I come back to this discussion because in speaking with a friend recently I found myself stating the following in reply to her question asking why I stay in Lebanon:
This is the dilemma. It’s about being deemed “non-existent” by the society that acculturated me. I was taught to think that my “poor” family gave me up and that bourgeois society made a place for me. I no longer believe this. This is the sad lesson I have learned, and the horrible truth, now that it is too late to “be” someone different. Above and beyond that is the inability for me to leave, to escape, when those I feel close to here don’t have this luxury and privilege. All I want at this point is to know someone from my family before my days are done. I just want to see a face that might mirror mine. That’s it.
Is it possible I like whiskey because my biological parents were Irish? Do I have a greater propensity to speak Romanian because I overheard it in the womb (or even because my mother was Romanian)?
Previously (here and here), I asked what kind of narratives we choose (when we choose) to tell ourselves about our adoptions. Lately, this topic has resurfaced in a different form: what kinds of narratives are told about adoptees, especially in supposedly scientific research that has actually set out to answer questions like the two above. These studies aim to prove different sorts of truths about adoptees; the pitfalls and potentials involved in this are discussed in more detail here.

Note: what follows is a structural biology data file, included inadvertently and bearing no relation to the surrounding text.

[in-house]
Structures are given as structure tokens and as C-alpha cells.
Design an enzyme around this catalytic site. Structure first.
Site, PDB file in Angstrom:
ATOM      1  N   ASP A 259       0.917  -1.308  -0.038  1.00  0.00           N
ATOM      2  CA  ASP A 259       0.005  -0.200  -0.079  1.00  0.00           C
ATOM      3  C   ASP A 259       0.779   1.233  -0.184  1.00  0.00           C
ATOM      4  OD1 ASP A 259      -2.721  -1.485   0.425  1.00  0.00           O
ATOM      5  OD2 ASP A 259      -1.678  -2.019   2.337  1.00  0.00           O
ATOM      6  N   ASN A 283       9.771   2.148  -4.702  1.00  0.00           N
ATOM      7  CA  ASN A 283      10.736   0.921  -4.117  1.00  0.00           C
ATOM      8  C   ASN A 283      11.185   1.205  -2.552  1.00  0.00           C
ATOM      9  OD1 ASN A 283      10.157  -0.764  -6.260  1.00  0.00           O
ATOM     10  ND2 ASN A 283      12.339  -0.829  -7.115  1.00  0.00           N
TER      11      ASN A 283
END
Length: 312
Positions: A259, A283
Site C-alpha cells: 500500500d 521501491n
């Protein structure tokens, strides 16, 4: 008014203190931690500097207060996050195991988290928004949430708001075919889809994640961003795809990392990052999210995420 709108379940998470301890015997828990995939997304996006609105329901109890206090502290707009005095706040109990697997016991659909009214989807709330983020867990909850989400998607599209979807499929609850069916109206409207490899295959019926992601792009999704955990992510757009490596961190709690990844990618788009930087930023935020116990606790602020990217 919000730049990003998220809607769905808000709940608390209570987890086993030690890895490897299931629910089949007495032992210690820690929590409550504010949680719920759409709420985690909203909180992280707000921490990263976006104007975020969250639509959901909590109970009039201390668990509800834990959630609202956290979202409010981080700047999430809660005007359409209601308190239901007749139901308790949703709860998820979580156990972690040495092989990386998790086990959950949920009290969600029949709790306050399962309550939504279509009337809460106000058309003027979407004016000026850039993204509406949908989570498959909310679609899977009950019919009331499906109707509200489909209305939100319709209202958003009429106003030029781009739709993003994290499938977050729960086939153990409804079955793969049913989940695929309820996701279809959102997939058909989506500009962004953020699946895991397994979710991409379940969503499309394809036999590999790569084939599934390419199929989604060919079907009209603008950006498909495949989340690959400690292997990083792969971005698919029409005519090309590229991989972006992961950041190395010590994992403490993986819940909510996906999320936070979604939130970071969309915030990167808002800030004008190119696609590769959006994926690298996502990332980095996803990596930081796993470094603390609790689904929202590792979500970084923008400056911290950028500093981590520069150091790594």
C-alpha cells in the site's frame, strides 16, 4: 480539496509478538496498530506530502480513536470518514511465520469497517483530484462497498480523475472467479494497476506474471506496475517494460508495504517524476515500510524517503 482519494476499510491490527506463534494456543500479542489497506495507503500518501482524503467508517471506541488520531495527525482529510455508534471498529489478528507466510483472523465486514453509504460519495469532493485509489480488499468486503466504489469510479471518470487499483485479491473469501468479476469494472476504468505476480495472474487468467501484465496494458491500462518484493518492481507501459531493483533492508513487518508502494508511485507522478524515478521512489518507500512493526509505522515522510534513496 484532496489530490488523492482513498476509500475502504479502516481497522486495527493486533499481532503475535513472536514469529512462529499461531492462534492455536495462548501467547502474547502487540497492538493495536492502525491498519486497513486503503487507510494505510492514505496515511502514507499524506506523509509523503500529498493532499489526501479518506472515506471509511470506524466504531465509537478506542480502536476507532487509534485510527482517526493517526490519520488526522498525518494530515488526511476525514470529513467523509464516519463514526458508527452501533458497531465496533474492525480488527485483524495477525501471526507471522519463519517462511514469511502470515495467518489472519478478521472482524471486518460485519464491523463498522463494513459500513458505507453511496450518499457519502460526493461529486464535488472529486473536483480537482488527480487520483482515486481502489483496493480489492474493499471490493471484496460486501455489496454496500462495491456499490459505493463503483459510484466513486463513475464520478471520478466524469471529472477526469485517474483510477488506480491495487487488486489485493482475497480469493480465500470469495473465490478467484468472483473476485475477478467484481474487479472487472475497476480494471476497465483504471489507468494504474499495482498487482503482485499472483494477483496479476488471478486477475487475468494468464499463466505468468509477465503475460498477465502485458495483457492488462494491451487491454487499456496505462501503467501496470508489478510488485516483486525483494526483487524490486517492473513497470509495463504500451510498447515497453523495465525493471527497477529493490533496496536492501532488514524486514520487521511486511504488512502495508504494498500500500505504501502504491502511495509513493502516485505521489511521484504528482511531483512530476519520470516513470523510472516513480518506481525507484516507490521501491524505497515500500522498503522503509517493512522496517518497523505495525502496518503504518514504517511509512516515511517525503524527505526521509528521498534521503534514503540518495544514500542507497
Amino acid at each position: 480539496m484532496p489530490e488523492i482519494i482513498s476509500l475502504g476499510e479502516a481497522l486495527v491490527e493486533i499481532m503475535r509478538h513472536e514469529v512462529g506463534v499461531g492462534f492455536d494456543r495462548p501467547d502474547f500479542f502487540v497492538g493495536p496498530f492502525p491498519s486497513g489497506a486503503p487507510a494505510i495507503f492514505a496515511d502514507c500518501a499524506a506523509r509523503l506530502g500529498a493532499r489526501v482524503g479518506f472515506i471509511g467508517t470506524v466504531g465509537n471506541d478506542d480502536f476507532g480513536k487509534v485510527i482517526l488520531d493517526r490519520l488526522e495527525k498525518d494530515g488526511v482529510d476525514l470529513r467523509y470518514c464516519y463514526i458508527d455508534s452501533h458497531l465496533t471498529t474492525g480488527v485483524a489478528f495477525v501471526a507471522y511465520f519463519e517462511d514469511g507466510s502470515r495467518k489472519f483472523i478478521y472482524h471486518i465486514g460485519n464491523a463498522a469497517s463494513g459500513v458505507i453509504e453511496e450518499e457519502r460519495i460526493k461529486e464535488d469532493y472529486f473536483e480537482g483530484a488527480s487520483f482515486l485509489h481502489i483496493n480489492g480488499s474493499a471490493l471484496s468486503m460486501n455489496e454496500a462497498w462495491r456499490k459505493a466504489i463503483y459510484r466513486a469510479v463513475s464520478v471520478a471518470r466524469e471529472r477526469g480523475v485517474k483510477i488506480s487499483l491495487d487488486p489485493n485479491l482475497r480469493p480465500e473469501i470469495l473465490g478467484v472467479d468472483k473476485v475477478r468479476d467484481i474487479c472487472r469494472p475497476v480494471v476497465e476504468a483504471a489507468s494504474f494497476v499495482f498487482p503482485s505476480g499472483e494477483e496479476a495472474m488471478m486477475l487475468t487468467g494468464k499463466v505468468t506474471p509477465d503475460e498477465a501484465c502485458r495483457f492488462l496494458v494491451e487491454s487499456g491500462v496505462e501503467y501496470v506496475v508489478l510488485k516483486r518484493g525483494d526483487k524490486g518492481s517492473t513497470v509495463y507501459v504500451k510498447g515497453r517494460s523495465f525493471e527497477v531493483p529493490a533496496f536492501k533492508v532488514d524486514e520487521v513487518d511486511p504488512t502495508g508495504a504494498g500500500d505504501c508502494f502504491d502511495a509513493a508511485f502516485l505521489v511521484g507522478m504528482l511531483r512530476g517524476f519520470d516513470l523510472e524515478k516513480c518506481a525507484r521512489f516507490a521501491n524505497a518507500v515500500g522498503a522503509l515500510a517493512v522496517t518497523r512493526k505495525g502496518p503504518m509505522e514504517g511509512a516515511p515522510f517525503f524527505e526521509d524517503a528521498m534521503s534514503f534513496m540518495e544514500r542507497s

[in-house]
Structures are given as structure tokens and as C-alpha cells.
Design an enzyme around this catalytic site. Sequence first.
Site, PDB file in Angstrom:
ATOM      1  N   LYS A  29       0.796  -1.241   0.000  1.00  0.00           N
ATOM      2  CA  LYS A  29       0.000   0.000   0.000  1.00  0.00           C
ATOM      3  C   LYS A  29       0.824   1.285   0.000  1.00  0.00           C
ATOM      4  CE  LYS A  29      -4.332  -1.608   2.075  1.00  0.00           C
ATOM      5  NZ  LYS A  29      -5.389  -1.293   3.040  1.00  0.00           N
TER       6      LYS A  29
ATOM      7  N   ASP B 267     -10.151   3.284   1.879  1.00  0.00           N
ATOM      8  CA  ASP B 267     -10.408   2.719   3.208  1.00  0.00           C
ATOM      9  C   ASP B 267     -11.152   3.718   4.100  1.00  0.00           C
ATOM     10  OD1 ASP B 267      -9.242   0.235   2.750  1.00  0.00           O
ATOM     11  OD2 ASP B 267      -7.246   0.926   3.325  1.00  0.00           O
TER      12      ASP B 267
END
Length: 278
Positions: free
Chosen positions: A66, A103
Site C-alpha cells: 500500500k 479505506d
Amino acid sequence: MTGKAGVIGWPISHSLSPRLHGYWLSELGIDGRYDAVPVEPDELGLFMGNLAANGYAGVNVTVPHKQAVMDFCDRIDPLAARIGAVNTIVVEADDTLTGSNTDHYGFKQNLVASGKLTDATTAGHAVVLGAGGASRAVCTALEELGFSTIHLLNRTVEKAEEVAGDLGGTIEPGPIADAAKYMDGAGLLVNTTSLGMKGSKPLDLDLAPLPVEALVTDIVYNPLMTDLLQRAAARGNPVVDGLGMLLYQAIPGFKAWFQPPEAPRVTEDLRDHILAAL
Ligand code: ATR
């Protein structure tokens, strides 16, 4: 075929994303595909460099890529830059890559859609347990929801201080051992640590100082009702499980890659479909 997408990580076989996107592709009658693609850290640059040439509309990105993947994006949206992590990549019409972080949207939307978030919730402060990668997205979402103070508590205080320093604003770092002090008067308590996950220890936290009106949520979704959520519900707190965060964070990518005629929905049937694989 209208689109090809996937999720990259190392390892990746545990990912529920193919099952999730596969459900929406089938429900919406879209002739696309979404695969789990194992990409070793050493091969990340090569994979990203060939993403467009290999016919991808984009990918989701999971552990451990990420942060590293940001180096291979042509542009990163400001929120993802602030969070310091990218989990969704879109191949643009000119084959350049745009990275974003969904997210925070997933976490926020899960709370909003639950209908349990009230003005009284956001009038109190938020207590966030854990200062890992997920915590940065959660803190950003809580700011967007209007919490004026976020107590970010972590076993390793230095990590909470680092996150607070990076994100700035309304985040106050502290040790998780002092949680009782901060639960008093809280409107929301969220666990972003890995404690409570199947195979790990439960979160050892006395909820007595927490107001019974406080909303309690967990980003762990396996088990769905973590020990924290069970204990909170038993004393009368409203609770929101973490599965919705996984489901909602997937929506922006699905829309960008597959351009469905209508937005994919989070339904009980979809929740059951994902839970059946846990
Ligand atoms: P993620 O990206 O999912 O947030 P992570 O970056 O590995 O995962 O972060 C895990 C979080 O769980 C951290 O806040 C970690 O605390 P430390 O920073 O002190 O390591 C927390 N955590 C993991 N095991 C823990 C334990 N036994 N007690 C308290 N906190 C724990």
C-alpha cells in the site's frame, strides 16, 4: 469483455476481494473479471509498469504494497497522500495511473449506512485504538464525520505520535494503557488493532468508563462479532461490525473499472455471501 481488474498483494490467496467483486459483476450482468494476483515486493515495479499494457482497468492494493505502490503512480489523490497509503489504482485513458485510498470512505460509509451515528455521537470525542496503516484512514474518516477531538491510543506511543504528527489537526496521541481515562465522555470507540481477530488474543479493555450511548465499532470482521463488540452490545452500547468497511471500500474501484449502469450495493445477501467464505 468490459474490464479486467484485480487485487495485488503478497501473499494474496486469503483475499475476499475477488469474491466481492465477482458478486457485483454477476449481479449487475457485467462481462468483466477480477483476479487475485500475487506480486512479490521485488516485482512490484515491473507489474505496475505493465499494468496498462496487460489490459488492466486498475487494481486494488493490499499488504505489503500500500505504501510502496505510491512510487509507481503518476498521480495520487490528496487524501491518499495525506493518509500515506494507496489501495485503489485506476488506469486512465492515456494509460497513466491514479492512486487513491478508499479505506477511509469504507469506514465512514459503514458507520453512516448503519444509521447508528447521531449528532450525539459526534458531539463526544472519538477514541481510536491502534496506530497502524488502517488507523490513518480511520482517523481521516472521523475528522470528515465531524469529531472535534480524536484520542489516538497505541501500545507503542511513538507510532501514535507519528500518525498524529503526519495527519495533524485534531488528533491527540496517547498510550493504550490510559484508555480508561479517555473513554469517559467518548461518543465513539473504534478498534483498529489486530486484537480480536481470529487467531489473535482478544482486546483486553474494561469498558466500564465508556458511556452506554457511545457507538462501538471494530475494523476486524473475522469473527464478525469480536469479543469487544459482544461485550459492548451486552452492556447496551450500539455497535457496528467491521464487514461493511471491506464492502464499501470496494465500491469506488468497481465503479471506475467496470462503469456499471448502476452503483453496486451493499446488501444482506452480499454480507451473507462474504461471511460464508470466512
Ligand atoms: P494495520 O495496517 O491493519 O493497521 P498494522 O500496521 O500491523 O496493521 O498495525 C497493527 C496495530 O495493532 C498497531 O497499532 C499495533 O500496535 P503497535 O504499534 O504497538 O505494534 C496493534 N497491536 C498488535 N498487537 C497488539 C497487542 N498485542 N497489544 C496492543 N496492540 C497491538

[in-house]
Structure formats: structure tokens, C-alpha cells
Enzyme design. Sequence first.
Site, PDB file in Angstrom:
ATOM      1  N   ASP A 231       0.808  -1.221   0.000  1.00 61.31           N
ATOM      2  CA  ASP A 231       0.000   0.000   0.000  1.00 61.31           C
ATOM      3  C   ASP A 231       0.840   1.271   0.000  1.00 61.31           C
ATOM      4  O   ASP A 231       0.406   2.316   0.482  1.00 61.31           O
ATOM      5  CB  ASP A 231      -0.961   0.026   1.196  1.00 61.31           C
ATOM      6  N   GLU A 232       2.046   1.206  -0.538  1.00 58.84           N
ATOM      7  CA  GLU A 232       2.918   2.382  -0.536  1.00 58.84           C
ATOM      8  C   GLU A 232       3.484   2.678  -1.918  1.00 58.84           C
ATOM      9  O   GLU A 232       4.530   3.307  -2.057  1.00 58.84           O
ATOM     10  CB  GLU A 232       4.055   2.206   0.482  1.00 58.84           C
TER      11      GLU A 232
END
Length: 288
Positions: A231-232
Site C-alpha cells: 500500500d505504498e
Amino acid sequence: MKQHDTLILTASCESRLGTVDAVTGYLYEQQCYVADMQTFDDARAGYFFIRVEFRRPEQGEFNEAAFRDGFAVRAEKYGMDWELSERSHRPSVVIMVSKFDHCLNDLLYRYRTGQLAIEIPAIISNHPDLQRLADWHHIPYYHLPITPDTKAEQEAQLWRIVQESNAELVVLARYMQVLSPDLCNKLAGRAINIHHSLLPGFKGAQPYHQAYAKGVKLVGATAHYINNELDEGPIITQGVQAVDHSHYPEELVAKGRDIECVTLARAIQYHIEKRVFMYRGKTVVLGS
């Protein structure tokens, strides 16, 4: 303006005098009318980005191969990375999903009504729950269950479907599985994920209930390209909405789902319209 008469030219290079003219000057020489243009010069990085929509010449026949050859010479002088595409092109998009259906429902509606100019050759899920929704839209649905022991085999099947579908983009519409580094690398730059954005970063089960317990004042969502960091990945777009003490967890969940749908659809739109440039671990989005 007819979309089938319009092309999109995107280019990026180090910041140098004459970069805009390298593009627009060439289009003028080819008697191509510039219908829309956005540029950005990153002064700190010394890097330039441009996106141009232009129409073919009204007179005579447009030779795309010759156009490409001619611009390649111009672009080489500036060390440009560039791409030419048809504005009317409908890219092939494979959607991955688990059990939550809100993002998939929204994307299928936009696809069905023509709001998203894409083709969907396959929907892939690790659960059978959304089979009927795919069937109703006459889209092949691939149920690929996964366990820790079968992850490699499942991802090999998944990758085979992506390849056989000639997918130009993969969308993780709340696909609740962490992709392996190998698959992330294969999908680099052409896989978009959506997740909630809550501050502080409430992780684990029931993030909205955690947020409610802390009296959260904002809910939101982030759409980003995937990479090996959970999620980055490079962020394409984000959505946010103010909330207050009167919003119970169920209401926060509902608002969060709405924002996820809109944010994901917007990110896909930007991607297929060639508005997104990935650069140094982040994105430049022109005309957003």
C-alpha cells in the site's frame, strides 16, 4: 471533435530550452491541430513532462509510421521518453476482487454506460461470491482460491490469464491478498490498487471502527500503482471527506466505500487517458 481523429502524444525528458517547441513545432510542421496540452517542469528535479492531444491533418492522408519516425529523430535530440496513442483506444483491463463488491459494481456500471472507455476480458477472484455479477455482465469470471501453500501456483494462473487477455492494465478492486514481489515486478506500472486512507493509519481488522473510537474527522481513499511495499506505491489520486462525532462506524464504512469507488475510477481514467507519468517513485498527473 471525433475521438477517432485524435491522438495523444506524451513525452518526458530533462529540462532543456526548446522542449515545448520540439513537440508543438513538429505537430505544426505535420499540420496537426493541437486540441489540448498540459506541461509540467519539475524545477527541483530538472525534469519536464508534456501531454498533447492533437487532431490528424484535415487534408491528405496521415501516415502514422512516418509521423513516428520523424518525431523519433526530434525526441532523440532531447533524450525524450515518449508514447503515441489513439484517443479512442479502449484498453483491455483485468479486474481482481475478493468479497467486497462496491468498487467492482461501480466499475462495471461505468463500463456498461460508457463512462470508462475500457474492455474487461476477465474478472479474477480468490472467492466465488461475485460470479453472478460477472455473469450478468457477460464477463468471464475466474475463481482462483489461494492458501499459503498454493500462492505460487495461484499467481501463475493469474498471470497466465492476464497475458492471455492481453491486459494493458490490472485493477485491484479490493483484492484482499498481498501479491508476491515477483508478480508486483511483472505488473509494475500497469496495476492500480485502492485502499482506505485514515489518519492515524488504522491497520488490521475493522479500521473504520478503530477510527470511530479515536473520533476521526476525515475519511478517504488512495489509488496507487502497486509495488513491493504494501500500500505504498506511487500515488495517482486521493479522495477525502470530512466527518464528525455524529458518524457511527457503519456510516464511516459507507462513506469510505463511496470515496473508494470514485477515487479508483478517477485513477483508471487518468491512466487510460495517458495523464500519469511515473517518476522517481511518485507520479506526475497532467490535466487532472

All of this being so, an adoptee wrote:
But beyond all of this, I want to know why, against everything having to do with my self-preservation in Lebanon, I feel a resonance in…
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